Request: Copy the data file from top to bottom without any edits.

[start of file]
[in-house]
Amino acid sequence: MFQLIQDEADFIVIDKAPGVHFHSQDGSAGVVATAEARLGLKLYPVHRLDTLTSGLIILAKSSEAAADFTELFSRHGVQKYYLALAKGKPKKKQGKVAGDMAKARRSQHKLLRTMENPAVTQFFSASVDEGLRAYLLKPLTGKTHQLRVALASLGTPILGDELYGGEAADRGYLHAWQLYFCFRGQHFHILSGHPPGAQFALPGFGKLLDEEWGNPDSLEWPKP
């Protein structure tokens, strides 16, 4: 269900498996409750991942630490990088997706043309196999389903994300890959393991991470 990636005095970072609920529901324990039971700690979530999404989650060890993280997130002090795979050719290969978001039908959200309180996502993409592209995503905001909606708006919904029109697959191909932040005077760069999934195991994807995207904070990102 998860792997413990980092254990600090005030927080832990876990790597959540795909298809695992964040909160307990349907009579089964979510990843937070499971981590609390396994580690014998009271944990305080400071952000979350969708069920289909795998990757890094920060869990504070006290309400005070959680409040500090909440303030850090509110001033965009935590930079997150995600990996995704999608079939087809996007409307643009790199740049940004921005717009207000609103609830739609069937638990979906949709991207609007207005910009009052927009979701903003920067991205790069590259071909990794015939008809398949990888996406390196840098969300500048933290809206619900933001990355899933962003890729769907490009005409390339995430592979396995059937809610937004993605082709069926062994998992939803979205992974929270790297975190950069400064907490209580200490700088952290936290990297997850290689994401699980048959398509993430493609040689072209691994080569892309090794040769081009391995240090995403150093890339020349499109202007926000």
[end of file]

[in-house]
Amino acid sequence: MFQLIQDEADFIVIDKAPGVHFHSQDGSAGVVATAEARLGLKLYPVHRLDTLTSGLIILAKSSEAAADFTELFSRHGVQKYYLALAKGKPKKKQGKVAGDMAKARRSQHKLLRTMENPAVTQFFSASVDEGLRAYLLKPLTGKTHQLRVALASLGTPILGDELYGGEAADRGYLHAWQLYFCFRGQHFHILSGHPPGAQFALPGFGKLLDEEWGNPDSLEWPKP
């Protein structure tokens, strides 16, 4: 269900498996409750991942630490990088997706043309196999389903994300890959393991991470 990636005095970072609920529901324990039971700690979530999404989650060890993280997130002090795979050719290969978001039908959200309180996502993409592209995503905001909606708006919904029109697959191909932040005077760069999934195991994807995207904070990102 998860792997413990980092254990600090005030927080832990876990790597959540795909298809695992964040909160307990349907009579089964979510990843937070499971981590609390396994580690014998009271944990305080400071952000979350969708069920289909795998990757890094920060869990504070006290309400005070959680409040500090909440303030850090509110001033965009935590930079997150995600990996995704999608079939087809996007409307643009790199740049940004921005717009207000609103609830739609069937638990979906949709991207609007207005910009009052927009979701903003920067991205790069590259071909990794015939008809398949990888996406390196840098969300500048933290809206619900933001990355899933962003890729769907490009005409390339995430592979396995059937809610937004993605082709069926062994998992939803979205992974929270790297975190950069400064907490209580200490700088952290936290990297997850290689994401699980048959398509993430493609040689072209691994080569892309090794040769081009391995240090995403150093890339020349499109202007926000």